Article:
Lexington, Massachusetts, 1775 II

 

Lead: Having killed Minutemen on the Lexington, Massachusetts green in April, 1775, British regulars moved off to Concord.

Intro.: A Moment in Time with Dan Roberts.

Content: The British soldiers were sent by Governor Gage to capture provincial arms and the leaders of the Massachusetts rebellion, John Hancock and Sam Adams. In the end they got neither, but like a man sticking his hand into a hornets’ nest they stirred up a Revolution.

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Lexington, Massachusetts, 1775 I

 

Lead: A brief skirmish between British Regulars and colonial militia in Lexington, Massachusetts in April 1775 set off a revolution.

Intro.: A Moment in Time with Dan Roberts.

Content: Thomas Gage, the Royal Governor of Massachusetts in the spring of 1775, liked Americans, but it seemed as though the sentiment was not mutual, at least among a certain number of his colonial charges. Led by Samuel Adams and John Hancock, some of the provincials were in thinly disguised rebellion. They had tossed together a Provincial Congress and had begun to assemble war materiel in the tiny village of Concord westward, 21 miles up the Boston Neck. Gage, under pressure from London, had his eyes on those arms and the colonial leaders, to seize the weapons and arrest Hancock and Adams.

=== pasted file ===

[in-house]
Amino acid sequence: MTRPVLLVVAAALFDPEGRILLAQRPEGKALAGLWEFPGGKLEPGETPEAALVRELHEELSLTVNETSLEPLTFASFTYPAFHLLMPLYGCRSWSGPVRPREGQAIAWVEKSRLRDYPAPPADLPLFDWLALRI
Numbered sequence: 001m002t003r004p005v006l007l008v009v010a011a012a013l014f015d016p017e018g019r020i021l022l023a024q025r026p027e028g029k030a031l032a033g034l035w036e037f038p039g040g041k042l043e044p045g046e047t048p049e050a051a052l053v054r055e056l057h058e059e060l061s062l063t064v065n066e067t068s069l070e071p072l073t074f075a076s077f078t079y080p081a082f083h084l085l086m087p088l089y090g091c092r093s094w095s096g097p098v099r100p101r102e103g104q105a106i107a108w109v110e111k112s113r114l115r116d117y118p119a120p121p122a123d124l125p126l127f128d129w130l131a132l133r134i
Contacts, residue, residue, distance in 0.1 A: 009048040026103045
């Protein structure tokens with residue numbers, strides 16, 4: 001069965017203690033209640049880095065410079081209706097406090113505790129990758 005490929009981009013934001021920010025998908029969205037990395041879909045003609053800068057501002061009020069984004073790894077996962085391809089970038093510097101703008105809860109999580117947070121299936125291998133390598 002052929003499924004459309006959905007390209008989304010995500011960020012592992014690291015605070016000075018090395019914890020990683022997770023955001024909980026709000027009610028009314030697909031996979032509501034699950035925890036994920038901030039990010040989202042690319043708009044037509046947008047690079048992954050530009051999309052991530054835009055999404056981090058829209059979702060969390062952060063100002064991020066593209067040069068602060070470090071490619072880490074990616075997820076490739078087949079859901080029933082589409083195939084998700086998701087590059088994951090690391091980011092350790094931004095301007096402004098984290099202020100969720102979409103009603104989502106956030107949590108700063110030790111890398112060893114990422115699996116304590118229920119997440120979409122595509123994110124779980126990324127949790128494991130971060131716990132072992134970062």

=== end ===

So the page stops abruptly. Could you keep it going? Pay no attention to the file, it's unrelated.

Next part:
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A House Divided: The Fall of Atlanta II

 

Lead: One hundred and fifty years ago the Republic was facing its greatest crisis. This continuing series examines the American Civil War. It is "A House Divided."

Intro.: A Moment in Time with Dan Roberts.

Content: Having pushed Confederate armies under Joseph Johnston back from the suburbs of Chattanooga to within 20 miles of his goal, the vital railroad and manufacturing hub of Atlanta, William Sherman was briefly stymied in late June at Kennesaw Mountain with heavy losses. Summer rains had turned the Georgia clay to muck in June, but by early July these roads had begun to dry. Sherman’s maneuver machine was back in business. He crossed the Chattahoochee River on July 9th and was at Peachtree Creek, four miles from the City, the next day. Panic struck the civilian population as Sherman’s relentless campaign seemed on the verge of success.

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A House Divided: The Fall of Atlanta I